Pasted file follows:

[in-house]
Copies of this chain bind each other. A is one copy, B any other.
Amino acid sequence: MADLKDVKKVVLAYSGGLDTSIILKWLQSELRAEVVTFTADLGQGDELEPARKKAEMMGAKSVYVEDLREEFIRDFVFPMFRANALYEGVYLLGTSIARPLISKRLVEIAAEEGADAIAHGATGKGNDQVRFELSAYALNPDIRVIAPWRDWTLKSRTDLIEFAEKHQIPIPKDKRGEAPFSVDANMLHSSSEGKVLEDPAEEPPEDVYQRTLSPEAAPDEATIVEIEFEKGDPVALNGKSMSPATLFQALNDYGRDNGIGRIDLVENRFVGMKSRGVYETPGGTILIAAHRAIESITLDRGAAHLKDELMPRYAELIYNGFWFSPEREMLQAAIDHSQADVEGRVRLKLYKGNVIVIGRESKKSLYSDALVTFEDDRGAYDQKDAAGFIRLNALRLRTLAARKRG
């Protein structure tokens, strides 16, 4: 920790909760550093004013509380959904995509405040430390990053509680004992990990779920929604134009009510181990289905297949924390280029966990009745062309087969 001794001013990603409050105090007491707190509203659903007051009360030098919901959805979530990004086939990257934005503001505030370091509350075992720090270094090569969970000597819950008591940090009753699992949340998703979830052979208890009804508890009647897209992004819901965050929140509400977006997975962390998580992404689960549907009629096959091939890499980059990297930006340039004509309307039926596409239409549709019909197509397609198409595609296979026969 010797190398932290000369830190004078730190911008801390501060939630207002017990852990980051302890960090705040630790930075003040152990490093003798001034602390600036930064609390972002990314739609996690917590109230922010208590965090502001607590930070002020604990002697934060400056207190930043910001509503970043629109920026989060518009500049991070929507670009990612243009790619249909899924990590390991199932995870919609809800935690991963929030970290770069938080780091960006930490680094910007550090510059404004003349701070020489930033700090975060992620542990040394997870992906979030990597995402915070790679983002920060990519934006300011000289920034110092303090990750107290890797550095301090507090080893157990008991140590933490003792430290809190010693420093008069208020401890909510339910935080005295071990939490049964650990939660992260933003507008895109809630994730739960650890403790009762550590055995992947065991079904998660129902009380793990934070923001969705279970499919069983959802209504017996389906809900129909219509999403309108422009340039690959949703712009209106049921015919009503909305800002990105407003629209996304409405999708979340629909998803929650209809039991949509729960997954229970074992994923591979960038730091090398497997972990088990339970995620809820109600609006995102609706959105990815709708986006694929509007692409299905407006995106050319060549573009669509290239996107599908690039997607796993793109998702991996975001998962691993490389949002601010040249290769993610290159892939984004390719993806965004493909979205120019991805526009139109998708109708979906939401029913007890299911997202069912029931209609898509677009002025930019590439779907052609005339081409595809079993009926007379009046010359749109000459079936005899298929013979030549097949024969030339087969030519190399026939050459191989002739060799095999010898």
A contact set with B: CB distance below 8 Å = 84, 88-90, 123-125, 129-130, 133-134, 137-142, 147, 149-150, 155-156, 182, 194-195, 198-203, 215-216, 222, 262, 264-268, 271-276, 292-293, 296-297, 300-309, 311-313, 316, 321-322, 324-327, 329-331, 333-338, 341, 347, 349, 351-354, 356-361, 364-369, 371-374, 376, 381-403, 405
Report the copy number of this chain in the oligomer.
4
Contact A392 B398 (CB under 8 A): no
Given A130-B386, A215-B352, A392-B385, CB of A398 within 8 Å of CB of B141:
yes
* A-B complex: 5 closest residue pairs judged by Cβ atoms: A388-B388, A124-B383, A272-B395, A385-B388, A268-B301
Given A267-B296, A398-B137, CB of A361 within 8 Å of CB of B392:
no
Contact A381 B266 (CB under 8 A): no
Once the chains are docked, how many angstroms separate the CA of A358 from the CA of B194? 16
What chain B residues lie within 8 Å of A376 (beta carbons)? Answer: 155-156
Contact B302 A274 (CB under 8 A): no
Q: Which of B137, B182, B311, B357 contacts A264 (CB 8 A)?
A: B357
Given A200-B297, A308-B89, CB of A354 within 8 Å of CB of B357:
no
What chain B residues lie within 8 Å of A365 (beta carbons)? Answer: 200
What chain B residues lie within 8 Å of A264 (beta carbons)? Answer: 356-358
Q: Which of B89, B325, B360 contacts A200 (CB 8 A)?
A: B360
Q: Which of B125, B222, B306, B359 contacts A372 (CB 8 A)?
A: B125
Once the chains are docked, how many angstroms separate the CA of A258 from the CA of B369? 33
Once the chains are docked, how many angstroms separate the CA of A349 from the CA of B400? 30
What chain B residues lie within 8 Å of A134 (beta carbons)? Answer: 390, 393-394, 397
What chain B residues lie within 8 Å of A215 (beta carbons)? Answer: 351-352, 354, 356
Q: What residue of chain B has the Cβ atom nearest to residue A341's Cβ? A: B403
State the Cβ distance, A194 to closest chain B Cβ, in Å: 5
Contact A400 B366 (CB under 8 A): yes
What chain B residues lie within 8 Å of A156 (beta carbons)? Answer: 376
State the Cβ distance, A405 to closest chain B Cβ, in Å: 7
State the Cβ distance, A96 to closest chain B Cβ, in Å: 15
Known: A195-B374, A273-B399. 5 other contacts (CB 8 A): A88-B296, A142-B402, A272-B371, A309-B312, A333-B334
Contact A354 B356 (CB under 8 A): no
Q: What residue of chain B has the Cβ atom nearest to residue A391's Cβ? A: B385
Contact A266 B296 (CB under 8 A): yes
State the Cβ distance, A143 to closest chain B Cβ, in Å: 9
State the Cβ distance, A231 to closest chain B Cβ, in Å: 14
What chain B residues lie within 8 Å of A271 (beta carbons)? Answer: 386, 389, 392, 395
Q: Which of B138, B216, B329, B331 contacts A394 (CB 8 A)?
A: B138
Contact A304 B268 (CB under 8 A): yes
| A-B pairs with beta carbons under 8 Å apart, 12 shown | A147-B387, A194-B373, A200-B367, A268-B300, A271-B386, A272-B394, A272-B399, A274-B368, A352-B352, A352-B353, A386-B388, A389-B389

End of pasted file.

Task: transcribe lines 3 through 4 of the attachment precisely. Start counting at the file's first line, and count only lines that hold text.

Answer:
Amino acid sequence: MADLKDVKKVVLAYSGGLDTSIILKWLQSELRAEVVTFTADLGQGDELEPARKKAEMMGAKSVYVEDLREEFIRDFVFPMFRANALYEGVYLLGTSIARPLISKRLVEIAAEEGADAIAHGATGKGNDQVRFELSAYALNPDIRVIAPWRDWTLKSRTDLIEFAEKHQIPIPKDKRGEAPFSVDANMLHSSSEGKVLEDPAEEPPEDVYQRTLSPEAAPDEATIVEIEFEKGDPVALNGKSMSPATLFQALNDYGRDNGIGRIDLVENRFVGMKSRGVYETPGGTILIAAHRAIESITLDRGAAHLKDELMPRYAELIYNGFWFSPEREMLQAAIDHSQADVEGRVRLKLYKGNVIVIGRESKKSLYSDALVTFEDDRGAYDQKDAAGFIRLNALRLRTLAARKRG
């Protein structure tokens, strides 16, 4: 920790909760550093004013509380959904995509405040430390990053509680004992990990779920929604134009009510181990289905297949924390280029966990009745062309087969 001794001013990603409050105090007491707190509203659903007051009360030098919901959805979530990004086939990257934005503001505030370091509350075992720090270094090569969970000597819950008591940090009753699992949340998703979830052979208890009804508890009647897209992004819901965050929140509400977006997975962390998580992404689960549907009629096959091939890499980059990297930006340039004509309307039926596409239409549709019909197509397609198409595609296979026969 010797190398932290000369830190004078730190911008801390501060939630207002017990852990980051302890960090705040630790930075003040152990490093003798001034602390600036930064609390972002990314739609996690917590109230922010208590965090502001607590930070002020604990002697934060400056207190930043910001509503970043629109920026989060518009500049991070929507670009990612243009790619249909899924990590390991199932995870919609809800935690991963929030970290770069938080780091960006930490680094910007550090510059404004003349701070020489930033700090975060992620542990040394997870992906979030990597995402915070790679983002920060990519934006300011000289920034110092303090990750107290890797550095301090507090080893157990008991140590933490003792430290809190010693420093008069208020401890909510339910935080005295071990939490049964650990939660992260933003507008895109809630994730739960650890403790009762550590055995992947065991079904998660129902009380793990934070923001969705279970499919069983959802209504017996389906809900129909219509999403309108422009340039690959949703712009209106049921015919009503909305800002990105407003629209996304409405999708979340629909998803929650209809039991949509729960997954229970074992994923591979960038730091090398497997972990088990339970995620809820109600609006995102609706959105990815709708986006694929509007692409299905407006995106050319060549573009669509290239996107599908690039997607796993793109998702991996975001998962691993490389949002601010040249290769993610290159892939984004390719993806965004493909979205120019991805526009139109998708109708979906939401029913007890299911997202069912029931209609898509677009002025930019590439779907052609005339081409595809079993009926007379009046010359749109000459079936005899298929013979030549097949024969030339087969030519190399026939050459191989002739060799095999010898």